Another thing that helps is rituals, either personal or social. Most of us in the writing programme have found that it works better to schedule daily writing in the same location and at the same time of day. After a while, it becomes both a habit and a sort of personal ritual, perhaps with the accompaniment of a specific drink, certain music or following a predictable set of steps in preparation.
A social ritual for writing? That’s not so obvious. If you are part of a group of writers, you can schedule a particular time and process.
Another thing you can do is clean up your office so that it looks neat and, more importantly, ordered. Kross offers evidence that order in the external world — such as a neat desk — can foster internal order, including less chatter.
Chatter is engaging to read because of the stories that Kross tells about himself and others, and his attractive style of writing. At the end of the book, he helpfully includes a list of the main methods for reducing chatter, many of which I’ve mentioned above.
The voice in your head is not going to change quickly. If you struggle with self-talk that undermines rather than helps you do what you want to do, reading Chatter should be valuable, and so is a systematic effort to implement Kross’s suggestions.
How does chatter manifest?
One thing intrigues me. Kross says everyone has a voice in their head, but how does it speak? I’ve asked several friends about this. Their answers vary. Some people hear a voice. If so, whose voice is it? Their own? A parent’s? Some people have conversations in their mind. They don’t hear anything but they know what’s being said. Who are the conversationalists? Two sides of themselves? I don’t hear a voice and don’t have mental conversations, so what’s wrong with me?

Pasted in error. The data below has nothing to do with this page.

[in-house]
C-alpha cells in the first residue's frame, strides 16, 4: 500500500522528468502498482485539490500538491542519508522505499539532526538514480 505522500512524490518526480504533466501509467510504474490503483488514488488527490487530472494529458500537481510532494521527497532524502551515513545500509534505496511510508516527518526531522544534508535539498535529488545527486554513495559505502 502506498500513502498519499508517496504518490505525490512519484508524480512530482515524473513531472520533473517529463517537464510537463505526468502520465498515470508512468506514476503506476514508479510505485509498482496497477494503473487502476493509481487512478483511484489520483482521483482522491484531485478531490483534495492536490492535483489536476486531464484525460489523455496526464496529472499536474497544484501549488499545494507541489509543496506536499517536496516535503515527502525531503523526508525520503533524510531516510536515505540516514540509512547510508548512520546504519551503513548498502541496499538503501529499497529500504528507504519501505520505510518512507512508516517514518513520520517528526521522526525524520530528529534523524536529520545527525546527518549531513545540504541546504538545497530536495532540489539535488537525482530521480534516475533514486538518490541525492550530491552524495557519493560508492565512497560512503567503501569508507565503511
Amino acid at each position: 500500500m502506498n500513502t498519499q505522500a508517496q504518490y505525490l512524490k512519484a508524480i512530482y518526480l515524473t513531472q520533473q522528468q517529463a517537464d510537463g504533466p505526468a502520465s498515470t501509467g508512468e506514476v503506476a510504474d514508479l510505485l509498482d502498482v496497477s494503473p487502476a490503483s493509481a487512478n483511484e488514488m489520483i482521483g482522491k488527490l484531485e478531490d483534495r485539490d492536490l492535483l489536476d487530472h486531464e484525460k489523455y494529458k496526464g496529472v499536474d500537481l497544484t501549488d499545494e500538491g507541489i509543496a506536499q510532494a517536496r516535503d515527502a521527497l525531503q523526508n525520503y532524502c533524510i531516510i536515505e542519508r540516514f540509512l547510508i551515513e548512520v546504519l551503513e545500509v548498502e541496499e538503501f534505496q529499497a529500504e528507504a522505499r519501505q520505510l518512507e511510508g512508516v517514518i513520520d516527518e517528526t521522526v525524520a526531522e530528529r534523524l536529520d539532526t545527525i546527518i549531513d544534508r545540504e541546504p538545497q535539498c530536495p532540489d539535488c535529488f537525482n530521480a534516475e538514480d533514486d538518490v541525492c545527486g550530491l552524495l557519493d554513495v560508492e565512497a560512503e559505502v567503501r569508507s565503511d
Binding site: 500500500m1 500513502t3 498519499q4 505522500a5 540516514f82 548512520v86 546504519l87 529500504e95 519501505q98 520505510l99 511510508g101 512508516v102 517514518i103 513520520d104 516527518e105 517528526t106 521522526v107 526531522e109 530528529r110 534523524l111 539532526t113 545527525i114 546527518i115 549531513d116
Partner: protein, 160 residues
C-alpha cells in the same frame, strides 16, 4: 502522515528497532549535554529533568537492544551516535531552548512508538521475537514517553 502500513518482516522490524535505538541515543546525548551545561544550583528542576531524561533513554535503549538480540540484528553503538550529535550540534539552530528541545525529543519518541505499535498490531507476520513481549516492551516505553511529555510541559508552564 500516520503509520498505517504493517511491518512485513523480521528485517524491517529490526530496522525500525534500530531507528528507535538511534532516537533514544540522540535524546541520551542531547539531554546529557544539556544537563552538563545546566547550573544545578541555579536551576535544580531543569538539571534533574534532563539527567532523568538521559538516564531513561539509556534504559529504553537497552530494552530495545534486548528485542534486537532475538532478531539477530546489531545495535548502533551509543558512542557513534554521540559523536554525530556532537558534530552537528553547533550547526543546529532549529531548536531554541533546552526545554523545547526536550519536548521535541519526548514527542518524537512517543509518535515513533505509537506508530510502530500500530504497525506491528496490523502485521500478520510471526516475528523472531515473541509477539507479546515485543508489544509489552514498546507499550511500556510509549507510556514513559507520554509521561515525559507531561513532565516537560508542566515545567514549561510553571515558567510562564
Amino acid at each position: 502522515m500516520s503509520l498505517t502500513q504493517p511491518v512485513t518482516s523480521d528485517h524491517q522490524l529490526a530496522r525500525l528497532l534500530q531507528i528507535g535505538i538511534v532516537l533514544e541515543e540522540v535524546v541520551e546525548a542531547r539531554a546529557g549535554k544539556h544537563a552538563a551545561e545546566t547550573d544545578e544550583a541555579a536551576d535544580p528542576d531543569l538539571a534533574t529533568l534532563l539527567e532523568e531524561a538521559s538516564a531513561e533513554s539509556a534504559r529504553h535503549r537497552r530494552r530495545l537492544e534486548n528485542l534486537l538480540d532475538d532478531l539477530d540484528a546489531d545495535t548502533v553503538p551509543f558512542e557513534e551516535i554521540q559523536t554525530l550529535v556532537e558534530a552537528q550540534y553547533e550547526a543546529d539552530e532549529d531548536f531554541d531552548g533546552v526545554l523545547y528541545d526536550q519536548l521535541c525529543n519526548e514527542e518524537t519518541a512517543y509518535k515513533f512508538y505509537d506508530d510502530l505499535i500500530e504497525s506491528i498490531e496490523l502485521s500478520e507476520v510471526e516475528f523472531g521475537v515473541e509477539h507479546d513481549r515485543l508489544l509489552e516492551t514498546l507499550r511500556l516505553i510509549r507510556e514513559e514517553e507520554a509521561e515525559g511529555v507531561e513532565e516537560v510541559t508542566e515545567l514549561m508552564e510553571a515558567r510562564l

If I’m reading Kross’s book and concentrating on what he’s written, I’m thinking, but presumably this isn’t chatter. Only, perhaps, if extraneous thoughts intrude, such as thinking about someone I need to contact or about some grievance from decades ago, would that be unproductive thinking. But what if I suddenly have an inspiration about how to address a research puzzle I’ve been working on? That would be welcome.
Experienced on the inside, there are many commonalities in people’s minds but also some important differences. I know some aspects of my own mind, up close, but continue to find it difficult to fully appreciate the diversity of other people’s inner worlds.
Thanks to Tonya Agostini, Aloysia Brooks, Kelly Gates, Tara Gray, Olga Kuchinskaya, Dalilah Shemia-Goeke, Melinda Waterman and Qinqing Xu for useful feedback, and all those who have shared with me their experiences with their inner voices.